Blue-collar workers suffer from high rates of alcohol and drug abuse. Many blue-collar jobs are physically demanding and involve intense manual labor that can lead to work-related injuries.
Consequently, blue-collar workers may turn to drugs and alcohol for coping with stress and pain. Some may develop a dependence on pain medications that have been originally prescribed by a doctor. Addiction among blue-collar workers is a serious problem that can lead to accidents, termination of employment, and health problems.
Substance Abuse Among Blue-Collar Workers
A recent report from the Substance Abuse and Mental Health Services Administration used survey data to compare substance abuse patterns across various industry sectors in the United States. Some of the study findings pertaining to blue-collar workers include:1
Workers in the mining industry
- 17.5% report heavy alcohol use (the highest rate among all industries)
- 1 in 20 report illicit drug use in past month
- 1 in 8 report drug or alcohol dependence during the past year
- 1% report an opioid use disorder2
Workers in the construction industry
- 16.5% report heavy alcohol use
- 1 in 9 report illicit drug use in past month
- 1 in 7 report drug or alcohol dependence during the past year
- 1.3% report an opioid use disorder (nearly twice the national average)2
Workers in the manufacturing industry
- 1 in 10 report heavy alcohol use
- 1 in 13 report illicit drug use in past month
- 1 in 11 report drug or alcohol dependence during the past year
Workers in the food services industry
- 11.8% report heavy alcohol use
- 1 in 5 report illicit drug use in past month (the highest rate among all industries)
- 1 in 6 report drug or alcohol dependence during the past year (the highest rate among all industries)
Factors that Lead to Substance Abuse in Blue-Collar Workers
The abuse of alcohol and drugs is a significant problem among blue-collar workers, with various industries differing in the preferred substances of abuse. Among all industries, the food service industry is perhaps the most affected by substance abuse and addiction.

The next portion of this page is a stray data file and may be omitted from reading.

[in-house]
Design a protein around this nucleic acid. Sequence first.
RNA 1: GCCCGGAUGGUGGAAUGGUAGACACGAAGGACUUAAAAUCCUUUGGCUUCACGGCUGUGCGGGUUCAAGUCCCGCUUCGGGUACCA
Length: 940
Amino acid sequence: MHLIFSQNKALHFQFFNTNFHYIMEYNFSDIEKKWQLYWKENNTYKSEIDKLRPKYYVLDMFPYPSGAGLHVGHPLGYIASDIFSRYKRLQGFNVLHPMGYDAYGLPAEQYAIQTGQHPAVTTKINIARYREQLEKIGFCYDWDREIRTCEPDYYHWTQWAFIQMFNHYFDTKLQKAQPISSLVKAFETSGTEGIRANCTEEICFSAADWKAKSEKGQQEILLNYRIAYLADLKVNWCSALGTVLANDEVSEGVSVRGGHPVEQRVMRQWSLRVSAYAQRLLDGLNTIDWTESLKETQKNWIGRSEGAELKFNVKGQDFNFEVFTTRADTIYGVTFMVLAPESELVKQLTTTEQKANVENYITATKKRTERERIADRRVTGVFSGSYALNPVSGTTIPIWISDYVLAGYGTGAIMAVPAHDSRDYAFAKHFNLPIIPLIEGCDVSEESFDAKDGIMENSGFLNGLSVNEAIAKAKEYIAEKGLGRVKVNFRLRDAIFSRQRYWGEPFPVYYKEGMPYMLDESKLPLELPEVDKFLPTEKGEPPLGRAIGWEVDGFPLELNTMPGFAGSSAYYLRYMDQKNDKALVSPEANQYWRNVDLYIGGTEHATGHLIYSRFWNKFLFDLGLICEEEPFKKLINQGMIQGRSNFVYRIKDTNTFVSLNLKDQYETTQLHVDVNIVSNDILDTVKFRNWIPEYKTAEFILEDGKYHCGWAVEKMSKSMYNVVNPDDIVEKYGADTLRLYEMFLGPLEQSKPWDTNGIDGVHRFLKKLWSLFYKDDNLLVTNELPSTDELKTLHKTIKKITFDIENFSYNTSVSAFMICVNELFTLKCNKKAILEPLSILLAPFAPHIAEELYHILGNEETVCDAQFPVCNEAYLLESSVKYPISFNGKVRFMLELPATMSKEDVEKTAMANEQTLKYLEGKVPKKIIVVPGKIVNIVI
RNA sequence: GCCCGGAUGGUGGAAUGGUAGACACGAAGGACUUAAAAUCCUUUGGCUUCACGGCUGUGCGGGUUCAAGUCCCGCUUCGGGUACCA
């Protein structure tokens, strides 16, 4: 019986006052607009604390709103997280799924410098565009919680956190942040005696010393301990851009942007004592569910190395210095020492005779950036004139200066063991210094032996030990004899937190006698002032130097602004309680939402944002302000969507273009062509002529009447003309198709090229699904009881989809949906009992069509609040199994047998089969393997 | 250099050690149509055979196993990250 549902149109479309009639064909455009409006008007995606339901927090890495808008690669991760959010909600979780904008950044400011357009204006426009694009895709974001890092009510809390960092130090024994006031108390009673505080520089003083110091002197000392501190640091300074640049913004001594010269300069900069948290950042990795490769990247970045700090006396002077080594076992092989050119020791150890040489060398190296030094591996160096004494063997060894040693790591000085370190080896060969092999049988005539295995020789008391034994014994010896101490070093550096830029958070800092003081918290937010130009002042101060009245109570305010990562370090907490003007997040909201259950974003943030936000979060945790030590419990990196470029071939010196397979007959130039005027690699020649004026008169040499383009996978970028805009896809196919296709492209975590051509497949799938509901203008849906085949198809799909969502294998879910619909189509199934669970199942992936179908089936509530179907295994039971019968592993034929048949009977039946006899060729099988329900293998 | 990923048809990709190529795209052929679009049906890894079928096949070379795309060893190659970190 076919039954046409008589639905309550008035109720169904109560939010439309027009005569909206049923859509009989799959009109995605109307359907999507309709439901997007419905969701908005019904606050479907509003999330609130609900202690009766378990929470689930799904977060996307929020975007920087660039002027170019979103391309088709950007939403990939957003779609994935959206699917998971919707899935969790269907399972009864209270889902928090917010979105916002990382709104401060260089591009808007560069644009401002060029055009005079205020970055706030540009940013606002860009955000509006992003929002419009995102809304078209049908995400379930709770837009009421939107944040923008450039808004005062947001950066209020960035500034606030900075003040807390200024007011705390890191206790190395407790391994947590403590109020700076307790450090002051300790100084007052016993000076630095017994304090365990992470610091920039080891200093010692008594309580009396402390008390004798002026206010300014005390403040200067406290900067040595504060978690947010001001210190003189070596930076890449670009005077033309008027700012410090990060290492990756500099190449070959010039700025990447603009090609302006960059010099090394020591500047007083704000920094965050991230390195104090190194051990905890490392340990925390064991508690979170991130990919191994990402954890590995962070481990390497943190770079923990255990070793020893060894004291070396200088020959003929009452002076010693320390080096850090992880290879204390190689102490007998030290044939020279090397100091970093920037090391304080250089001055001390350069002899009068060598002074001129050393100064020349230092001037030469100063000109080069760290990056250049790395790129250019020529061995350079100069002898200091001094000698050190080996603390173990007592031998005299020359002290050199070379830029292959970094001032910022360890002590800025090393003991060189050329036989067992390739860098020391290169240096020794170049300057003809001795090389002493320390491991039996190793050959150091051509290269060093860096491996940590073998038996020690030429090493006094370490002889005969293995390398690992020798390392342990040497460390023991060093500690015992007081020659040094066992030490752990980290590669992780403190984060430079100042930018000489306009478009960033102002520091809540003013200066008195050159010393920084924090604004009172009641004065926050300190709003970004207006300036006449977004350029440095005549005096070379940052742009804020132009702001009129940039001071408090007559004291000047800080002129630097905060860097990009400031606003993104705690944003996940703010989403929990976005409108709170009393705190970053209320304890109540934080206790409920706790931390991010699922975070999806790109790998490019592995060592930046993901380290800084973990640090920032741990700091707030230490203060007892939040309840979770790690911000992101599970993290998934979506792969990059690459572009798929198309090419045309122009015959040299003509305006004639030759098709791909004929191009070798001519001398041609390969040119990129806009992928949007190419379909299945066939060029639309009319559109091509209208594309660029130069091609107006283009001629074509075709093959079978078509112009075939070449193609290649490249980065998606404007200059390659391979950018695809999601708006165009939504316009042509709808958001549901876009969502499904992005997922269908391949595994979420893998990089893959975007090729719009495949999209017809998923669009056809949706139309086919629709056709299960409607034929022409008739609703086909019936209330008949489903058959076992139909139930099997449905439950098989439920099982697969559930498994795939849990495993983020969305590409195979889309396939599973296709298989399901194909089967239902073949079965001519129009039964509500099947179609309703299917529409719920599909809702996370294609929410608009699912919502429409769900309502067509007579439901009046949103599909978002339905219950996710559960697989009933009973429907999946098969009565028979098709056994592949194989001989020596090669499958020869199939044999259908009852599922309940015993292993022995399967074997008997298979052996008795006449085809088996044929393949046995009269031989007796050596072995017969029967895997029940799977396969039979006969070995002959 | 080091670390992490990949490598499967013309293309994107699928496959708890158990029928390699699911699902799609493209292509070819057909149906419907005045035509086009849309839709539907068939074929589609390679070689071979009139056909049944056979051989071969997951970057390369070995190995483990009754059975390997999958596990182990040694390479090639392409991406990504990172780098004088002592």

Food service workers are the most at risk for illicit drug use and substance use disorders and the third most at risk for heavy alcohol use.1 Substance abuse among workers in the food industry can be attributed to several factors, including:3-4
- High-stress environment.
- Relatively young age of workers.
- Low pay.
- Irregular schedules including late‐night shifts.
- Lack of worker surveillance by management.
- Work culture norms (end‐of‐shift drinks, after-work parties).
- Availability of alcohol in the workplace.
- Peer pressure from coworkers.
Drug abuse is also a major issue among the construction industry. Everyday physical wear combined with extremely high rates of injuries and falls result in construction workers having to constantly deal with pain.5 Workers are often prescribed opioids to provide comfort and pain relief, with one study showing 73% of injured construction workers have been prescribed a narcotic painkiller.6
Not surprisingly, many workers in the construction industry have become dependent on these highly addictive drugs. The rate of pain medication and opioid misuse in construction is among the highest of any industry in the United States.
Alcohol abuse is a major concern among workers in the mining industry. The rate of alcohol use within the mining industry is higher than any other industry and more than double the rate among all full-time workers in the United States.1